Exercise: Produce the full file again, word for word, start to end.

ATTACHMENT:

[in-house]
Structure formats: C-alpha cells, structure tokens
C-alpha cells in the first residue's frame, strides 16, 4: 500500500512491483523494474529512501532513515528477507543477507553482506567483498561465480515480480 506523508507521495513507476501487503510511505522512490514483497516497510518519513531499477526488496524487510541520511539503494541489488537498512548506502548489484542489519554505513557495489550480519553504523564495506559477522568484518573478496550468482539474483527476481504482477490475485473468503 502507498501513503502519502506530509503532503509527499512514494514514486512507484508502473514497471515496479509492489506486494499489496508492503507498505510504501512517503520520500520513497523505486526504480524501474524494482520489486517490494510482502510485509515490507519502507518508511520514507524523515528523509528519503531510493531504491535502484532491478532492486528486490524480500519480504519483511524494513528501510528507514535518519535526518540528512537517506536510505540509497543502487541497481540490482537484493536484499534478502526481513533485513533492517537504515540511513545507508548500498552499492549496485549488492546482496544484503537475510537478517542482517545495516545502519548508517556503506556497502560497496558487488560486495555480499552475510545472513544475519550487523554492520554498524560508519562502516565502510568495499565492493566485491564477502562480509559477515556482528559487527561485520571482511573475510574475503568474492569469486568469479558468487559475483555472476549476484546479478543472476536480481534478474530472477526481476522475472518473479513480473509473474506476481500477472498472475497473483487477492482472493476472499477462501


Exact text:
[in-house]
Structure formats: C-alpha cells, structure tokens
C-alpha cells in the first residue's frame, strides 16, 4: 500500500512491483523494474529512501532513515528477507543477507553482506567483498561465480515480480 506523508507521495513507476501487503510511505522512490514483497516497510518519513531499477526488496524487510541520511539503494541489488537498512548506502548489484542489519554505513557495489550480519553504523564495506559477522568484518573478496550468482539474483527476481504482477490475485473468503 502507498501513503502519502506530509503532503509527499512514494514514486512507484508502473514497471515496479509492489506486494499489496508492503507498505510504501512517503520520500520513497523505486526504480524501474524494482520489486517490494510482502510485509515490507519502507518508511520514507524523515528523509528519503531510493531504491535502484532491478532492486528486490524480500519480504519483511524494513528501510528507514535518519535526518540528512537517506536510505540509497543502487541497481540490482537484493536484499534478502526481513533485513533492517537504515540511513545507508548500498552499492549496485549488492546482496544484503537475510537478517542482517545495516545502519548508517556503506556497502560497496558487488560486495555480499552475510545472513544475519550487523554492520554498524560508519562502516565502510568495499565492493566485491564477502562480509559477515556482528559487527561485520571482511573475510574475503568474492569469486568469479558468487559475483555472476549476484546479478543472476536480481534478474530472477526481476522475472518473479513480473509473474506476481500477472498472475497473483487477492482472493476472499477462501